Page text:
However despicable, this is by no means the only occasion on which the CECC has sought to interfere with Hong Kong’s criminal justice system. In 2022, it tried to derail the criminal proceedings against the so-called “Hong Kong 47” (calling them “champions of democracy”), and called on the government to drop the charges they faced (over a subversive plot to paralyse the legislature and provoke a constitutional crisis). This call, of course, was entirely mischievous, and 31 of the suspects have since confessed to their guilt, demonstrating the validity of the charges brought against them.

The CECC, moreover, called on Biden last year to sanction six named prosecutors, “among others.” This was not only intimidatory of the individuals concerned, but also a frontal assault on the “international rules-based order,” by which the US always claims to set such store. Indeed, at the 8th UN Congress on the Prevention of Crime and the Treatment of Offenders, in 1990, the “Havana Declaration” was adopted, and this stipulates that “States shall ensure that prosecutors are able to perform their professional functions without intimidation, hindrance, harassment, improper interference or unjustified exposure to civil, penal or other liability”.

It appears that Biden, to his credit, was aware of the “Havana Declaration,” and he disregarded the CECC’s request. It does, however, beggar belief that a congressional body could produce something so contemptuous of the rule of law, but the nature of the beast is revelatory,

The CECC was established in 2000, with a mandate to monitor China’s compliance with international human rights standards, to encourage the development of the rule of law in the PRC, and to establish and maintain a list of victims of human rights abuses in China. It comprises nine senators, nine congressmen and five senior administration officials appointed by the president. After a pretence of objectivity in its early years, it has been gradually taken over by propagandists, bent on using it to project anti-Beijing stances and promote initiatives inimical to China.

In February, 2020, for example, Smith and Merkley were among the CECC members who nominated the so-called “pro-democracy movement of Hong Kong” for the Nobel Peace Prize 2020. Their stunt, however, went nowhere, undoubtedly because of the violence with which the movement will forever be associated among objective observers.

In February, 2023, moreover, Smith and Merkley nominated six individuals from Hong Kong for the Nobel Peace Prize, including Jimmy Lai Chee-ying, a convicted fraudster, and Joshua Wong Chi-fung, who was convicted of an unlawful assembly involving violence that injured ten victims, one seriously. Although, as in 2020, they are trying again to pull the wool over the eyes of the awards committee, with talk of the nominees having acted “peacefully,” everybody in Oslo now knows what they are about.

The CECC also rejoices in providing platforms to every wacko with something bad to say about China, however irrational. In its hearings on May 11, for example, it welcomed assorted malcontents, including Jimmy Lai’s son, Sebastien. He claimed it is unsafe to conduct business in Hong Kong, which, if nothing else, showed he had read Biden’s business advisory.

It also platformed Anna Kwok (Guo Fengyi), executive director of the China-hostile Hong Kong Democracy Council (an affiliate of Rogers’ Hong Kong Watch), and she “implored” the administration to sanction Hong Kong’s judges and prosecutors.

The CECC even heard from the US propagandist, Brian Kern, who calls himself a “writer, researcher and activist,” which was really scraping the bottom of the barrel. Although ultimately exposed by Nury Vittachi as a fake, Kern it was who, during the insurrection, hid his American voice behind a Chinese persona (calling himself “Kong Tsung-gan”), and regularly tried to stir things up. During his rambling testimony, he urged his listeners, “don’t allow the US-sanctioned Chief Executive John Lee to attend the APEC summit in San Francisco in November, as he says he would like to do,” which must have titillated Smith and Merkley no end.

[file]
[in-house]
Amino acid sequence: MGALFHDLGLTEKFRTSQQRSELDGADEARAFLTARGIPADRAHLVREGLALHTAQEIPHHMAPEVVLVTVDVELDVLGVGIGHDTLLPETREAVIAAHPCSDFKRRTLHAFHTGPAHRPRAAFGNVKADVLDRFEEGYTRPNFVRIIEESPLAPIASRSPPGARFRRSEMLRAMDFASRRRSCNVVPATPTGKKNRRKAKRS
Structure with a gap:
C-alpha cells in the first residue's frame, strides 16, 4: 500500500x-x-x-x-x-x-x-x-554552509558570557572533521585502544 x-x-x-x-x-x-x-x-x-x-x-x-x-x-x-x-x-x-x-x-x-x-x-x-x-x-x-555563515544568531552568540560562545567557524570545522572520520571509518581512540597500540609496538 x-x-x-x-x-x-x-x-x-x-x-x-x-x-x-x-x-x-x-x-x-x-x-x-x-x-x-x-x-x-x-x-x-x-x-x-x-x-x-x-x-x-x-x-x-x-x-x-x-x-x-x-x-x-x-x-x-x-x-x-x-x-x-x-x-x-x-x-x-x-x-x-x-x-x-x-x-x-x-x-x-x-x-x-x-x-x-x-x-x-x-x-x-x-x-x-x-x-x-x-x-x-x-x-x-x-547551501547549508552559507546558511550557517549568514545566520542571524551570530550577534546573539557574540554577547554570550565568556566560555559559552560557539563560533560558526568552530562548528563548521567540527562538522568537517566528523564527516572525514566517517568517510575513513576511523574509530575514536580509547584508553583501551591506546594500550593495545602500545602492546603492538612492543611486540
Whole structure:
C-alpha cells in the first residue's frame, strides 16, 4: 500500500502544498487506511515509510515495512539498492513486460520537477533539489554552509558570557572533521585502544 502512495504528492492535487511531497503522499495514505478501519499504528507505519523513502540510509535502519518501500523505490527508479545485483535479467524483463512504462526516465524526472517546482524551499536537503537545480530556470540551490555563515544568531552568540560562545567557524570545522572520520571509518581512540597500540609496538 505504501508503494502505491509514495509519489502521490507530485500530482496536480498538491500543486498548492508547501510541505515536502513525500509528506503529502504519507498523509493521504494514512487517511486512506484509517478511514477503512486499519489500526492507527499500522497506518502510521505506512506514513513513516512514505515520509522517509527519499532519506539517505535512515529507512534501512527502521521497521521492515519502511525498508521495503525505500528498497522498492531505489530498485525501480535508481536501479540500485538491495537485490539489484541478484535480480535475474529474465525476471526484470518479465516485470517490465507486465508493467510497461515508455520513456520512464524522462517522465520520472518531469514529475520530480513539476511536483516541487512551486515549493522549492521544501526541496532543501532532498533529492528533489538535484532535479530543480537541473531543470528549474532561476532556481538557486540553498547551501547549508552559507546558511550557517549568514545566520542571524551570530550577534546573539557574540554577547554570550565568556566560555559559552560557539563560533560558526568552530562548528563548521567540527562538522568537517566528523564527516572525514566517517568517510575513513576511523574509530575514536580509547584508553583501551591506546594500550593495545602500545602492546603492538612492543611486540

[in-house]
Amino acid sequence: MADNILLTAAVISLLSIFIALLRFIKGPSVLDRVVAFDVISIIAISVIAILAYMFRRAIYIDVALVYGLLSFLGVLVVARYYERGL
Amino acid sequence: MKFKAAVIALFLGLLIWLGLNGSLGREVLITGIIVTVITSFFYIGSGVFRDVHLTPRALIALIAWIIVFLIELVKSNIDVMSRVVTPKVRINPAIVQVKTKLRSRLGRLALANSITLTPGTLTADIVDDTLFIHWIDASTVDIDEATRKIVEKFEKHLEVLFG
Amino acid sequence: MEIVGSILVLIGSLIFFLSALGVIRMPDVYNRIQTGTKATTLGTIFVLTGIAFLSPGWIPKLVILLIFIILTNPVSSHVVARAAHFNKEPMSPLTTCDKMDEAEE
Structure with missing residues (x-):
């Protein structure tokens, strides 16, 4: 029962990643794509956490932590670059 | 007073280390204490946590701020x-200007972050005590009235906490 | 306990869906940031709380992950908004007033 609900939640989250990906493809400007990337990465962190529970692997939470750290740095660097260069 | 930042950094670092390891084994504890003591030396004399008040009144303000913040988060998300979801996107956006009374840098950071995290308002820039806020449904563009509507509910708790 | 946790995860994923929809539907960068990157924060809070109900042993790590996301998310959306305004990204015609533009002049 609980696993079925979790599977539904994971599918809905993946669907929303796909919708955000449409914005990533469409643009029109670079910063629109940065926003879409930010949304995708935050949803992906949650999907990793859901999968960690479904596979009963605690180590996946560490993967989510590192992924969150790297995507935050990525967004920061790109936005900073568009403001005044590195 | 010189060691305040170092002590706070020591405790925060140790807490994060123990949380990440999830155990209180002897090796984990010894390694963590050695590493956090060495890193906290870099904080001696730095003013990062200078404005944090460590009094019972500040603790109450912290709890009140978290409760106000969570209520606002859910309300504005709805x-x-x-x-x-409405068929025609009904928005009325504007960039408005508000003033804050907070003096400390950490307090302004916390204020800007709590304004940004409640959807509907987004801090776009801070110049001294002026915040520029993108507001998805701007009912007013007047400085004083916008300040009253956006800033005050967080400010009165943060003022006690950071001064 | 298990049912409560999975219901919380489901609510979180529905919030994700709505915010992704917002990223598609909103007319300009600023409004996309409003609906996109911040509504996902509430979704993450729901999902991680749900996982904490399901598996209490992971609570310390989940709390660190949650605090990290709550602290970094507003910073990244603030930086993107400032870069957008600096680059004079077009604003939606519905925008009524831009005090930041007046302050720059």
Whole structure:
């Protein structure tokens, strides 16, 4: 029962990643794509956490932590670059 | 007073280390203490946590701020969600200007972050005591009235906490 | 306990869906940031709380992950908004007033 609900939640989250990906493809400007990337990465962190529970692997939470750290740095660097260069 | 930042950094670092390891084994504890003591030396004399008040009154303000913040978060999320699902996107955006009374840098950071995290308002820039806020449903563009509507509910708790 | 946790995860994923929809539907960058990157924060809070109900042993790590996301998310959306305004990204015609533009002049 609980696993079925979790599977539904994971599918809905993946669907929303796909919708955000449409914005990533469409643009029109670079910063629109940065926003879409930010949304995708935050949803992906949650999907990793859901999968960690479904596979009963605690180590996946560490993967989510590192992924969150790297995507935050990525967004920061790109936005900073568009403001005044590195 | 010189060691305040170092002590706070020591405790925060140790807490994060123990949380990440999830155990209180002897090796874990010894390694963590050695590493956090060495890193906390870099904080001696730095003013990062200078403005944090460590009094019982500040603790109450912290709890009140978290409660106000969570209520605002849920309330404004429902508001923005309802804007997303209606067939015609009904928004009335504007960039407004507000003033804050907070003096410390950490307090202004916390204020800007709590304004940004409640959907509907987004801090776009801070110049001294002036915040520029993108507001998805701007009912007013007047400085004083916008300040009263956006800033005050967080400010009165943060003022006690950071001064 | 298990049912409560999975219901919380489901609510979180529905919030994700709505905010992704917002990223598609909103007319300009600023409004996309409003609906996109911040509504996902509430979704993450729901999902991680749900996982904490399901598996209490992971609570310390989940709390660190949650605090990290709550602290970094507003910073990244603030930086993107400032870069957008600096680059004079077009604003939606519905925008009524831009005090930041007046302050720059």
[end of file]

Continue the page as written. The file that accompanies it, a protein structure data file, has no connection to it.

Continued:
Once the hearings concluded, Smith told Voice of America, “We must further sanction judges, prosecutors, and other individuals for their egregious misuse of this national security law, which is already openly condoning incarceration and persecution,” thereby echoing suggestions first made to the CECC last year.

In 2022, after the disgraced lawyer, Samuel Bickett, was deported from Hong Kong, having been imprisoned for assaulting a police officer (and having lost his appeals), he was eagerly welcomed by the CECC. He duly raised the prospect of sanctioning not only Hong Kong’s prosecutors and policemen but also its judges (who had seen through him when he contested his guilt). He claimed “there is simply no question that some judges have abandoned judicial independence, including the Chief Justice and the known National Security Law judges.”

Although Bickett’s proposal was so egregious that observers believed that not even the CECC would rise to the bait, it has now, to its eternal shame (and with the urgings of Anna Kwok), embraced it, once again in violation of international law.

In 1985, the UN adopted its “Basic Principles on the Independence of the Judiciary.” They provide that the independence of the judiciary should be constitutionally guaranteed (as it is in Hong Kong, by the Basic Law’s Art. 85), and that it is “the duty of all governmental and other institutions to respect and observe the independence of the judiciary.” Although the CECC may be happy to trample this sacred principle underfoot, Joe Biden, hopefully, will have greater respect for international norms.

Indeed, the CECC’s proposal will be repugnant to everybody who values basic decencies, let alone the “international rules-based order.” The notion that independent judges, who have sworn to “administer justice without fear or favor,” should be targeted for dealing with cases according to law must be globally condemned (and the UK’s voice will hopefully be among the loudest).

The International Association of Judges (IAJ), which focuses on judicial independence as a guarantee of human rights, should take the lead in denouncing the CECC, not least because threats to judges in one jurisdiction can so easily escalate elsewhere if the culprits are not stopped in their tracks.

As Mahbubani explained, Hong Kong may be kicked around again in future, but it will always remain true to itself. Its people, whether judges, prosecutors, officials or citizens, know how to look after themselves, and will not be pushed around. Although the US loves trumpeting its “exceptionalism,” this counts for nothing when it seeks, for political reasons, to subvert the rule of law elsewhere. As the former US president, Theodore Roosevelt, once noted, “Knowing what’s right doesn’t mean much unless you do what’s right.”